My whole life I have been fascinated with decay and isolation. From an early age, I have always been sensitive to and drawn toward things and people that appear lost, forgotten or marginalized. I was the kid who would fish out and take home the lop-sided, smashed stuffed animal from the bottom of the back shelf. Things and places that are old, dilapidated or overgrown have always appealed to me more than their shiny and new counterparts. These things carry stories, history and a certain kind of art that come through the tatters and rust.
As I've grown, so has my taste in the old and broken. From teddy bears with crumpled fur and missing eyes I graduated to used books, old suitcases, graveyards and secondhand clothing. Steadily from there it has progressed and, now, in my thirties, I feel this overwhelming pull towards abandoned buildings. My waking moments are becoming consumed with the idea of capturing the tales of these places through words and photographs. On nearly every drive, no matter how mundane my destination, I stumble across what I am beginning to think of as "bleeding architecture": buildings that are so lonesome and empty they look as if they could weep.
Part of me believes that my intense fascination with these places stems from my own deep sense of loss as I grow older. As I age, I feel like I not only lose people and places who have had meaningful impacts on my life, but I also lose some of the childlike wonder that helps to fuel my creative spirit. As the day-to-day needs of adulthood all but choke out the more creative places in my mind and heart, it feels as if every day I lose a bit more: a bit more time, a bit more freedom, a bit more inspiration, and a bit more hope. It is as if the outside world, this incessant need to grow up and be something, be successful, pushes in at me from the outside. Its weight is crushing and smothering and I find myself too often choking on the have-tos and the musts, without room to breathe in the beauty and mystery of the world around me.
I don't feel as if I am unique in these feelings at all. In fact, the more I open my heart to the world I see around me, the more I notice the same crushed spirit in not only the structures and places around me but also the people. Sad, expressionless eyes greet me in the grocery store or in the teller line at the bank. I see despair and hopelessness regularly both at work and in my neighborhood. Sometimes it seems as if the entirety of the world at once gave up dreaming and stopped trying to notice the beautiful because its mere presence has become an all-too-painful reminder of ways in which each of us has failed to the ideals we once had as children.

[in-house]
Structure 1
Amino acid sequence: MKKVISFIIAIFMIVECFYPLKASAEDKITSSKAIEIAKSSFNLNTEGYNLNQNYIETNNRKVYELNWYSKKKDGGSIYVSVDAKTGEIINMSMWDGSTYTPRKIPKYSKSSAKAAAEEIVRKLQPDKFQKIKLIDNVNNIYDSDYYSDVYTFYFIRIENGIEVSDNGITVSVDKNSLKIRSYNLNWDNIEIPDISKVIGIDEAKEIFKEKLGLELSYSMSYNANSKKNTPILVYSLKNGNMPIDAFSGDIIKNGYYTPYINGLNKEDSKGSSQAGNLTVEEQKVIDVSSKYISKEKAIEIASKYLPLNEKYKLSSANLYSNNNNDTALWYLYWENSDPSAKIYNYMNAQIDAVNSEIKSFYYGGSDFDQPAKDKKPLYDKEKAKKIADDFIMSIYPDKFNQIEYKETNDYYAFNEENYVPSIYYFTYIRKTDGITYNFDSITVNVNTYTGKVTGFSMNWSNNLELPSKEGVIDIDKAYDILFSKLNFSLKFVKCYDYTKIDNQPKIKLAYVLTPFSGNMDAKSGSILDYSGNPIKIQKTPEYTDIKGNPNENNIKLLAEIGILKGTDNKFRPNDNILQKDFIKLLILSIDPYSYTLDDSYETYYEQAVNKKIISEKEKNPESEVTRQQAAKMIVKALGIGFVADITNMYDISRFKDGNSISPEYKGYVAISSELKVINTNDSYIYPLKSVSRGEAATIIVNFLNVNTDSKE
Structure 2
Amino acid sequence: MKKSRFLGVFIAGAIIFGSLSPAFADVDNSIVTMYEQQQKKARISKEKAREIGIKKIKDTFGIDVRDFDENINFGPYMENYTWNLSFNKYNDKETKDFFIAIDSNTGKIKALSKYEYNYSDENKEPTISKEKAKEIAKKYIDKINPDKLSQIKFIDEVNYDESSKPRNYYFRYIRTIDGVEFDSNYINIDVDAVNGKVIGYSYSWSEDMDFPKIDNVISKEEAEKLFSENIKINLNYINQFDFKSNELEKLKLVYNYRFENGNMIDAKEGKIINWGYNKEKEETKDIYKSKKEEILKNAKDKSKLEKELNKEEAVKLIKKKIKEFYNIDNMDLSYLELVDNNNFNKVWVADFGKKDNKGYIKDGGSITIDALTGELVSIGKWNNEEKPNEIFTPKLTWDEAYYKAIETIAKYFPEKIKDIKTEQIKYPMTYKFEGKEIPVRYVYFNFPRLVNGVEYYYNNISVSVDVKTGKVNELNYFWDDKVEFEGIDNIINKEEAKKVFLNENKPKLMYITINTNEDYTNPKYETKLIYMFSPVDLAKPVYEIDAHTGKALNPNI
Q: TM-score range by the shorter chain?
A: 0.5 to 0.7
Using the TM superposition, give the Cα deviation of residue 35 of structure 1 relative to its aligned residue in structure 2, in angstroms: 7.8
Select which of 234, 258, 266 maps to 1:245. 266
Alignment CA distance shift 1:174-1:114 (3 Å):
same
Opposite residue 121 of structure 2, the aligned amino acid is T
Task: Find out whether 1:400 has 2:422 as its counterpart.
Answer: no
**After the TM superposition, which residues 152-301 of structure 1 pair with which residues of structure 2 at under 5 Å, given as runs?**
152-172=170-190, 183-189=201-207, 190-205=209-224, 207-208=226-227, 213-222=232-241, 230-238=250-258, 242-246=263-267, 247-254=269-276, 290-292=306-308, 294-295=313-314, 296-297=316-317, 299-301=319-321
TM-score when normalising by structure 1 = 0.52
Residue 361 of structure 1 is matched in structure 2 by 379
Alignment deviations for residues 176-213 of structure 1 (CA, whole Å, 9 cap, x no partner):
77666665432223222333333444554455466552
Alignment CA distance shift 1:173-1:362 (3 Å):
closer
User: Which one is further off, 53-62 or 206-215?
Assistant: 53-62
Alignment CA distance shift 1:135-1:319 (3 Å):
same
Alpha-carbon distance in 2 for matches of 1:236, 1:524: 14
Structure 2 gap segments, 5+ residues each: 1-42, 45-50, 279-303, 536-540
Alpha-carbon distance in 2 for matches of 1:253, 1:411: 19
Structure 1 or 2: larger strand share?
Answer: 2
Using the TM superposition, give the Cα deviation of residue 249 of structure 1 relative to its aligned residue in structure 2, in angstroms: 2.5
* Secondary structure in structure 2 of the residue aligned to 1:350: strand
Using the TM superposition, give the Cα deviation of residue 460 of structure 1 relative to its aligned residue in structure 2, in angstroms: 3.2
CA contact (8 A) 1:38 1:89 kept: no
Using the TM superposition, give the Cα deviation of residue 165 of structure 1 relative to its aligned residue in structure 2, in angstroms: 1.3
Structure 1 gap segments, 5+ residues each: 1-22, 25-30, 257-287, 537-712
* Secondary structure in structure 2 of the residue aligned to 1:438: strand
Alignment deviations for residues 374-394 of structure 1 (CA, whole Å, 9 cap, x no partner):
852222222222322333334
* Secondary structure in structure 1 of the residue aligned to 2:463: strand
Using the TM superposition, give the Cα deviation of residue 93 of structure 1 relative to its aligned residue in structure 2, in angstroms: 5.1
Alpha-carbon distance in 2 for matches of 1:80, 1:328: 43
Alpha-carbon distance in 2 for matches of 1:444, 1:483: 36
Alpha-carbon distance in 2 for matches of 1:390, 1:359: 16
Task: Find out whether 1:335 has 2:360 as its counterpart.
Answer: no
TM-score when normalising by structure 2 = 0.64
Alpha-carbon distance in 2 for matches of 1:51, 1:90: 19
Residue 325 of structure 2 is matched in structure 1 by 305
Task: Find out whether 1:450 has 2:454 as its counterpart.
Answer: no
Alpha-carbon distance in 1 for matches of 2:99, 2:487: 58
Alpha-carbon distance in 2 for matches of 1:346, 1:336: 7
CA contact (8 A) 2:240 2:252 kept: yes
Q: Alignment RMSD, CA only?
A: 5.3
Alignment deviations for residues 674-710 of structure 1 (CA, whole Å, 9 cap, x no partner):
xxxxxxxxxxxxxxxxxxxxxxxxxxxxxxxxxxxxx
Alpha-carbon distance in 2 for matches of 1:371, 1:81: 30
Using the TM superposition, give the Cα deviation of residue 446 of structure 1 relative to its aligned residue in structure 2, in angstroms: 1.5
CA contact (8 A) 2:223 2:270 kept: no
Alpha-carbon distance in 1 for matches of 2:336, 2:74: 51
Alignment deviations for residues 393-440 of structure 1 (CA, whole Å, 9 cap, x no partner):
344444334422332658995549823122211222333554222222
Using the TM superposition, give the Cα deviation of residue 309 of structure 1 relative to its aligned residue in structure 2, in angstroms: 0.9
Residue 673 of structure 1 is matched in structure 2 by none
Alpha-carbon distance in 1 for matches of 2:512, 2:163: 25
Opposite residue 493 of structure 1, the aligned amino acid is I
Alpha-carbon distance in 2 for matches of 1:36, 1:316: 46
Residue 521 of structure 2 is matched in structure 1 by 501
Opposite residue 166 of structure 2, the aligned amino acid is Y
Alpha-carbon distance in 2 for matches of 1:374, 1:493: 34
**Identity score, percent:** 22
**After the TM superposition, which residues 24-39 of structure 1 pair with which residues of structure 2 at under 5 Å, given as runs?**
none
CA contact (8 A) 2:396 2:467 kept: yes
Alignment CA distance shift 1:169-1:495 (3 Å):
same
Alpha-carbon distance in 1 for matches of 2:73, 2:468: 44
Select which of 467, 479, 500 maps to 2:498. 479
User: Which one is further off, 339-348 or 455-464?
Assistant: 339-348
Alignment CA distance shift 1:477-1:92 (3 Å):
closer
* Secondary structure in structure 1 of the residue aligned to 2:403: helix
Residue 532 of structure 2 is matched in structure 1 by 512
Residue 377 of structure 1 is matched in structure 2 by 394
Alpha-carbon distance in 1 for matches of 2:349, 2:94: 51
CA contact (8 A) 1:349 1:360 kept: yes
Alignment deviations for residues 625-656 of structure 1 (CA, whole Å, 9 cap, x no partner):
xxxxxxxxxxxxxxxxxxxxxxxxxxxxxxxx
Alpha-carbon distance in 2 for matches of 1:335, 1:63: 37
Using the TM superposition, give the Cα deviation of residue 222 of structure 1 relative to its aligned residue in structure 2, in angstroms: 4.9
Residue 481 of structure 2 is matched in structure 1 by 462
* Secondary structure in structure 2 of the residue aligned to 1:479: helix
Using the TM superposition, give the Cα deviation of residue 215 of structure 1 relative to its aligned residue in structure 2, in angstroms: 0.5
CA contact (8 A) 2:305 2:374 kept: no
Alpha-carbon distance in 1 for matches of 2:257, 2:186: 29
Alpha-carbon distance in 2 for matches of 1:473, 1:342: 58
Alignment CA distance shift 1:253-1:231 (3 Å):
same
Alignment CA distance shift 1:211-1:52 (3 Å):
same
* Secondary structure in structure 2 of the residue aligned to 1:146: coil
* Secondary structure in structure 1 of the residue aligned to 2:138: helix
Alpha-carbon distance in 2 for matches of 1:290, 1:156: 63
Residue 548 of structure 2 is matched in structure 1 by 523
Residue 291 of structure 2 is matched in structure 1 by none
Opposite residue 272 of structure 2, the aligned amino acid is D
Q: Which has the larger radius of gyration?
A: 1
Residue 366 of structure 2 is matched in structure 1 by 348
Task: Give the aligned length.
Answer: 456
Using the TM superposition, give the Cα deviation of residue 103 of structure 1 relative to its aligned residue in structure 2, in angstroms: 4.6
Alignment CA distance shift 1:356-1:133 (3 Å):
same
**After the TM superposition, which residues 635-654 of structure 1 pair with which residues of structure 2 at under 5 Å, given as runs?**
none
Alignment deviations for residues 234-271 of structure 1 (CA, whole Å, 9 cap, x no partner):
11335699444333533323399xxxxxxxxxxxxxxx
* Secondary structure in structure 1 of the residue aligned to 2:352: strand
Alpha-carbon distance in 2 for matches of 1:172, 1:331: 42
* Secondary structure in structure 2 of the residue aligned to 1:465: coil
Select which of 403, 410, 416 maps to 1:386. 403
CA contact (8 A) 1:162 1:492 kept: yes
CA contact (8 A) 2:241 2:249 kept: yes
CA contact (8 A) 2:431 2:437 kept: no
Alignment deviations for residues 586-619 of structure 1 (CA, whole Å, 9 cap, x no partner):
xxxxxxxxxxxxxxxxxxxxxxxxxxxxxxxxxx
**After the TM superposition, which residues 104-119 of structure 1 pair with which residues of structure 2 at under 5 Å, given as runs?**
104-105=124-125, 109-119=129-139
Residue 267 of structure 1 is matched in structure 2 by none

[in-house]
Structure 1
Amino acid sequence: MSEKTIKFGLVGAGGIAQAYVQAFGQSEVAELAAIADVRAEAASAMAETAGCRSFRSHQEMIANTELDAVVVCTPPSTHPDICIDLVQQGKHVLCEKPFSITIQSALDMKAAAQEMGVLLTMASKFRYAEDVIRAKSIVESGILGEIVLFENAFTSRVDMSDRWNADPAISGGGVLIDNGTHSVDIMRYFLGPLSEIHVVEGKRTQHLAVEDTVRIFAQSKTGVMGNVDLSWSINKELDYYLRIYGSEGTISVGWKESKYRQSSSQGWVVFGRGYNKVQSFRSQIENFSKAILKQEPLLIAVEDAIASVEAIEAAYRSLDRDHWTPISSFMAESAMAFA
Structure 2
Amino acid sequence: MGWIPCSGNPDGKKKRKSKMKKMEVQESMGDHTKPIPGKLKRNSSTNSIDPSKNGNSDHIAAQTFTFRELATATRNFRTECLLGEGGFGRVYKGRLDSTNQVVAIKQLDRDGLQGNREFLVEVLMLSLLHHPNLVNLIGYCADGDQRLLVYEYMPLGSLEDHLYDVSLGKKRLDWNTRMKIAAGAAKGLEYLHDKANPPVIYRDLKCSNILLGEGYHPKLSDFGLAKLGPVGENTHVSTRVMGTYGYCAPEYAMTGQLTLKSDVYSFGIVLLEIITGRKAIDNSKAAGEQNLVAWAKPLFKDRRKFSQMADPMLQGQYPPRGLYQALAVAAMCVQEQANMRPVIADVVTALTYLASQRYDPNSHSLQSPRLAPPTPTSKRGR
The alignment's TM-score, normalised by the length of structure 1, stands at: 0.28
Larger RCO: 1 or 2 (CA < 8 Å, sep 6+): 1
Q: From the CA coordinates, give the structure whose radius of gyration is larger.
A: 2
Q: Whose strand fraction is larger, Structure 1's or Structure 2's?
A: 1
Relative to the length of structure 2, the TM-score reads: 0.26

I find myself drawn to these places and people clinging to that razor's edge between hope and despair. More than anything I want to communicate with them and capture their stories before the light in them fades entirely and they wither back into nothingness. I want to illuminate that moment where there once was possibility before it fades to black.
I believe my job as a writer and artist is to shine light on these bits of darkness. Doing so, I think, helps us remember what it feels like to be alive and dream. Being faced with the grim and gritty images of decay and loneliness need not be cause for depression and angst. It should instead be a siren song encouraging us to stop shutting down and stop shrinking back from life, even among its more painful and wretched of moments. It is in these exact moments when we are vulnerable that we can really FEEL with the authenticity and wonder of a child. Possibility is reborn and creativity comes to life.
Open your eyes to the beauty that lies in decay.